All of the Republican senators who oppose the Senate health care bill are meeting tonight to work out their differences — after being told by President Trump this afternoon that they need to work late into the night to get a deal. The holdouts, including moderates and conservatives, are scheduled to meet in Sen. John Barrasso's office at 7:30 pm Eastern with the goal of getting a deal to revive the shelved Affordable Care Act repeal and replacement bill, according to sources with direct knowledge of the discussions.The Congressional Budget Office reported as the FEHBlog has been typing this out that "Later today, CBO and the Joint Committee on Taxation (JCT) will release estimates of the effects of the [Senate's] Obamacare Repeal Reconciliation Act of 2017.
Meanwhile, the House Budget Committee is working on an FY 2018 budget resolution. A markup hearing was held today. Federal News Radio reports on the budget resolution's impact on federal employees and annuitants. Modern Healthcare further informs us that
The House Budget Committee on Wednesday agreed [at its markup hearing] to bake in hundreds of billions in Medicaid cuts from its ACA repeal bill to the budget resolution, plus an additional $114 billion in cuts over 10 years.The resolution now heads to the House floor.
The committee's Republicans' unanimously approved the decision with no Democrats on board. The budget resolution, which is the foundation for passing tax reform in the Senate without Democratic votes, also assumes Medicare will reduce spending by $487 million from 2018 to 2027.
Some of the additional savings would come from imposing a work requirement on Medicaid adult beneficiaries who are younger than 65 and are not on Social Security disability as a condition of eligibility.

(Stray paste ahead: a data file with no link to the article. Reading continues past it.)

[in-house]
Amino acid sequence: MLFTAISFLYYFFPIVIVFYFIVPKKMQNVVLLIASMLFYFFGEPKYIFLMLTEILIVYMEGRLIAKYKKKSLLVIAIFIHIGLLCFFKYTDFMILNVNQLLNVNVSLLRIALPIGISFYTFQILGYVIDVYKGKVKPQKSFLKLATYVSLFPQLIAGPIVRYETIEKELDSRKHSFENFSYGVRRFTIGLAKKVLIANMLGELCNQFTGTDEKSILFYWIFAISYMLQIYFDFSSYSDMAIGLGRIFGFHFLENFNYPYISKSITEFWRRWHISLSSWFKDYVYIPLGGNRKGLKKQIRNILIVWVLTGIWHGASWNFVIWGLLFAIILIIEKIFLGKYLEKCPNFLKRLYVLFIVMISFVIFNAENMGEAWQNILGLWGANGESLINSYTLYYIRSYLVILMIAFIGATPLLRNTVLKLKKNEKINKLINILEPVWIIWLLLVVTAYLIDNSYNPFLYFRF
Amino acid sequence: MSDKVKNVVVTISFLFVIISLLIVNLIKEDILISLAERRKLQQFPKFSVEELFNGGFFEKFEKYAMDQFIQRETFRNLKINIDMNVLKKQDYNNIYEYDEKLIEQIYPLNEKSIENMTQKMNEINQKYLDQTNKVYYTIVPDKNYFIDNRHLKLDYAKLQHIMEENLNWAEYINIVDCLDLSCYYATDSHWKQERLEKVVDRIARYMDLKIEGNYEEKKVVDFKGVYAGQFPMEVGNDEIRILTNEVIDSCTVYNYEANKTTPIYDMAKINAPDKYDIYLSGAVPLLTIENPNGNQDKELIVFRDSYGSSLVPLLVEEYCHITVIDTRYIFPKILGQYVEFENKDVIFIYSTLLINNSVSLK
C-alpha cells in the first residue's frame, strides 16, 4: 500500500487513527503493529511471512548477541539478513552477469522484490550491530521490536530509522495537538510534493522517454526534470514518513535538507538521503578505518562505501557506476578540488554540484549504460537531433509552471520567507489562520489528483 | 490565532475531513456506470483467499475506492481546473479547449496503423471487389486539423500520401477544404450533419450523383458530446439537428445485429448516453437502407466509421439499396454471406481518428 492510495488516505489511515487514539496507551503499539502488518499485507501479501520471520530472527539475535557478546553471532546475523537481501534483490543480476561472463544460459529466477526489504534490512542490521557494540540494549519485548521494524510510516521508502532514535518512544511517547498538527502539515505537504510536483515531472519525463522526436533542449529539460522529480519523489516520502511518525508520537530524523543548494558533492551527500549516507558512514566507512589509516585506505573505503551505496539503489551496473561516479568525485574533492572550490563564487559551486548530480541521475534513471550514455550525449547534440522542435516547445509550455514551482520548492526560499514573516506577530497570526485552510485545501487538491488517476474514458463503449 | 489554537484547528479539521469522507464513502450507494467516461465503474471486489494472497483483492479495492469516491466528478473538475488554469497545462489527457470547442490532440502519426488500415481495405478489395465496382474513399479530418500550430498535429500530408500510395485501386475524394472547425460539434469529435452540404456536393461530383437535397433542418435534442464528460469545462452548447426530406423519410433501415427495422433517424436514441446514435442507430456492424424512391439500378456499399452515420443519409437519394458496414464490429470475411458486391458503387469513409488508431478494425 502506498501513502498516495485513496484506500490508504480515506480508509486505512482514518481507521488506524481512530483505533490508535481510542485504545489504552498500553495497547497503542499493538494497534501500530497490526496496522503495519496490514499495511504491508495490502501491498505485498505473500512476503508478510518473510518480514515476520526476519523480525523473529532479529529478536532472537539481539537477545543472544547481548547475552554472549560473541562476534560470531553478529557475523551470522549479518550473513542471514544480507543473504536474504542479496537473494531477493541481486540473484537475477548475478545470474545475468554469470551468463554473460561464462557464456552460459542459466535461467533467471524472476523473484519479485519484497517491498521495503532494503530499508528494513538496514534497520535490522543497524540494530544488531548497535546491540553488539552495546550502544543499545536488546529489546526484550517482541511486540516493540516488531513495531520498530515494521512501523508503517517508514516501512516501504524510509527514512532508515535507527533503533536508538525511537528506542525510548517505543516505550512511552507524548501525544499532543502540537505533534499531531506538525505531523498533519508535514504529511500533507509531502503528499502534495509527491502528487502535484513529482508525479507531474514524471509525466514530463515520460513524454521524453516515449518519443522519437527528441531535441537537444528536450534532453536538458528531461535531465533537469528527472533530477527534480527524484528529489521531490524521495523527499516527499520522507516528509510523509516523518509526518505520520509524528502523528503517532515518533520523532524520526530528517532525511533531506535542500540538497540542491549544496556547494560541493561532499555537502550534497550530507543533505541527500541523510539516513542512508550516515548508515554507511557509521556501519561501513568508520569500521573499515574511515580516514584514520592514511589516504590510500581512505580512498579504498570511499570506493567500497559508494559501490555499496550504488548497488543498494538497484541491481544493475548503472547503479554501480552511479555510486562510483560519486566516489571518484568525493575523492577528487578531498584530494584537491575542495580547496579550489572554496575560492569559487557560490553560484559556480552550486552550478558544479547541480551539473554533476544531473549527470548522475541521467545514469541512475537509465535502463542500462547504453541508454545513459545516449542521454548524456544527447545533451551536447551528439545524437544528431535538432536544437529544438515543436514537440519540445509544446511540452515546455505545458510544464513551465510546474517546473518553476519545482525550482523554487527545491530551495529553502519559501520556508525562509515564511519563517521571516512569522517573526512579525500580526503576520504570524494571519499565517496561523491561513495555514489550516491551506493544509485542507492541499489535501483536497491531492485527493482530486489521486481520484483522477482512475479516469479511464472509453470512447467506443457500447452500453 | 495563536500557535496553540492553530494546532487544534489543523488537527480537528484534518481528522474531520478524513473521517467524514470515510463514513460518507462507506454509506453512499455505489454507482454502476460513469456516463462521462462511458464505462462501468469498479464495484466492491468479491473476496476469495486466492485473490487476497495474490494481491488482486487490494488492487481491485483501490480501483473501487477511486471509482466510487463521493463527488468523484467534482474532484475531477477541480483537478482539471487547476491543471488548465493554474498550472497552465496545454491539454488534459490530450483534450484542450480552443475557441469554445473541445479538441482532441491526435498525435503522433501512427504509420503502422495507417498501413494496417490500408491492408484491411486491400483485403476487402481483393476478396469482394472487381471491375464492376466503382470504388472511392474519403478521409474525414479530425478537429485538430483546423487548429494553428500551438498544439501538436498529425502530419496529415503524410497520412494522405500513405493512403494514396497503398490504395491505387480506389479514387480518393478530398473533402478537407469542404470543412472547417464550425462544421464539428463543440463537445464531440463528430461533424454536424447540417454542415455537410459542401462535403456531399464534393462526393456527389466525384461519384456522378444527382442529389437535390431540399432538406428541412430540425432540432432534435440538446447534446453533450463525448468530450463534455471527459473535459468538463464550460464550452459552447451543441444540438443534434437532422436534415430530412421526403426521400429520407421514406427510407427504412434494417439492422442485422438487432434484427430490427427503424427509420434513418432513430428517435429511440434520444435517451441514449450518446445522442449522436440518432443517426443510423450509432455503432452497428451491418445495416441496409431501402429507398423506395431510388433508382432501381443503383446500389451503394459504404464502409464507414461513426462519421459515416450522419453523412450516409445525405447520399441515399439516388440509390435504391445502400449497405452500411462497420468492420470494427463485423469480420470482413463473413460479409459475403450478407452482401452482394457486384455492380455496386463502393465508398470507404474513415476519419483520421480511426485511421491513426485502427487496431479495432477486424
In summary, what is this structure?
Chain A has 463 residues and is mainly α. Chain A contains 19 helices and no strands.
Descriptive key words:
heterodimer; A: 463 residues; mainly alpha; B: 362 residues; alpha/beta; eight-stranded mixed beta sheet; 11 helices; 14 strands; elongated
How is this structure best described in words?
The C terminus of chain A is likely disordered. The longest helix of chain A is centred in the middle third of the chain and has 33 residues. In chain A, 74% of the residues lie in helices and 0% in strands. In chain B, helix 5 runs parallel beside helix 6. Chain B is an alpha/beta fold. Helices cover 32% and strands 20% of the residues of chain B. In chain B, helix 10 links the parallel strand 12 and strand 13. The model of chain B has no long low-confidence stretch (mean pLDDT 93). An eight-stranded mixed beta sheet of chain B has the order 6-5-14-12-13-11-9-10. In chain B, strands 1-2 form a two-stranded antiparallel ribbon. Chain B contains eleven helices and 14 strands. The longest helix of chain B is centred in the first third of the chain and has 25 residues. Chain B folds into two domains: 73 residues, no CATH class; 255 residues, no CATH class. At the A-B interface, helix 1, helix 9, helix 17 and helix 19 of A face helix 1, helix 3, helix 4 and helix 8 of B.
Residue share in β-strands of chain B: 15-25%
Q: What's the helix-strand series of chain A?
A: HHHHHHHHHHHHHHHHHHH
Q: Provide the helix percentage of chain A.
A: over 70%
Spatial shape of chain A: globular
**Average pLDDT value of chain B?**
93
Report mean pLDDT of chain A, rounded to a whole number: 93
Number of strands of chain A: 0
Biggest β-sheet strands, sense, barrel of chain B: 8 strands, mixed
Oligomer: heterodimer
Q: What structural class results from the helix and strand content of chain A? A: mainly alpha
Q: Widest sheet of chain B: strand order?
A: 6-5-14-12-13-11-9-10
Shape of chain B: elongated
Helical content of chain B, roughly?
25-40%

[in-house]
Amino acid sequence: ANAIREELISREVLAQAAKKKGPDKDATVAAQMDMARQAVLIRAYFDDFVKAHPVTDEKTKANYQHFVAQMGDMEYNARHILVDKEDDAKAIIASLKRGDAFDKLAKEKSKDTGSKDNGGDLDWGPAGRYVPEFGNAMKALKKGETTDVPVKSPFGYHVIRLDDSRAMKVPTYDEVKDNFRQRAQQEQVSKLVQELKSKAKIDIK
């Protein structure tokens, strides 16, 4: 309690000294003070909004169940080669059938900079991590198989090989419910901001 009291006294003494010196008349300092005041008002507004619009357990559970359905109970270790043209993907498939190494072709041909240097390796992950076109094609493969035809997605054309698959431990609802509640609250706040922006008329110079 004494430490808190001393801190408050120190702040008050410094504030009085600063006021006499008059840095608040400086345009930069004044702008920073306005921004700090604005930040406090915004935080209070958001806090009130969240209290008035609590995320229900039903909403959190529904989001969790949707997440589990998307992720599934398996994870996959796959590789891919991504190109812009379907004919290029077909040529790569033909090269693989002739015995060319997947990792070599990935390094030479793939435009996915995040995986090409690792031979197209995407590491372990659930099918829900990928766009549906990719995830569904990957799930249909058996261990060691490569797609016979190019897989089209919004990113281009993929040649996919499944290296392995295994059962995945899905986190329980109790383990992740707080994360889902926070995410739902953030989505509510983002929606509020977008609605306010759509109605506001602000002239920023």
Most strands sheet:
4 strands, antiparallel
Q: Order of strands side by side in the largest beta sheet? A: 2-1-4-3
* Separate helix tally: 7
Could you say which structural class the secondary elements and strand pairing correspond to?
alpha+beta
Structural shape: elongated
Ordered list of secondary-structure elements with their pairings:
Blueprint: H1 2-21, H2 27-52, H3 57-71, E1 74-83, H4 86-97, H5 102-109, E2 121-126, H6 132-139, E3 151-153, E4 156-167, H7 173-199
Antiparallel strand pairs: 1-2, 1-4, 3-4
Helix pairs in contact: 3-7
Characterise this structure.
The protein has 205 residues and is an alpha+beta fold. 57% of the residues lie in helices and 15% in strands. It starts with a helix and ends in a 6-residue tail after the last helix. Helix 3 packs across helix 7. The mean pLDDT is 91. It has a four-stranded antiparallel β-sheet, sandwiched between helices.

On the disease front, the American Hospital Association tells us that
An estimated 12.2% of U.S. adults had diabetes in 2015, including one in four aged 65 and older, according to the latest national estimates released by the Centers for Disease Control and Prevention. Nearly one-quarter of the 30.2 million adults with diabetes were not aware they had it, based on data from the National Health and Nutrition Examination Survey and Census Bureau. Fasting glucose and hemoglobin A1C levels were used to derive estimates for undiagnosed diabetes and prediabetes. About one-third of adults (84.1 million) had prediabetes, blood glucose levels at risk of progressing to diabetes, including nearly half of adults aged 65 and older. "Consistent with previous trends, our research shows that diabetes cases are still increasing, although not as quickly as in previous years," said Ann Albright, director of CDC's Division of Diabetes Translation. "Diabetes is a contributing factor to so many other serious health conditions. By addressing diabetes, we limit other health problems such as heart disease, stroke, nerve and kidney diseases, and vision loss."Those are startling numbers. Meanwhile that Washington Post reports on an ongoing study that is suggesting that the use of PET scans can significantly improve of the accuracy of Alzheimer Disease diagnoses.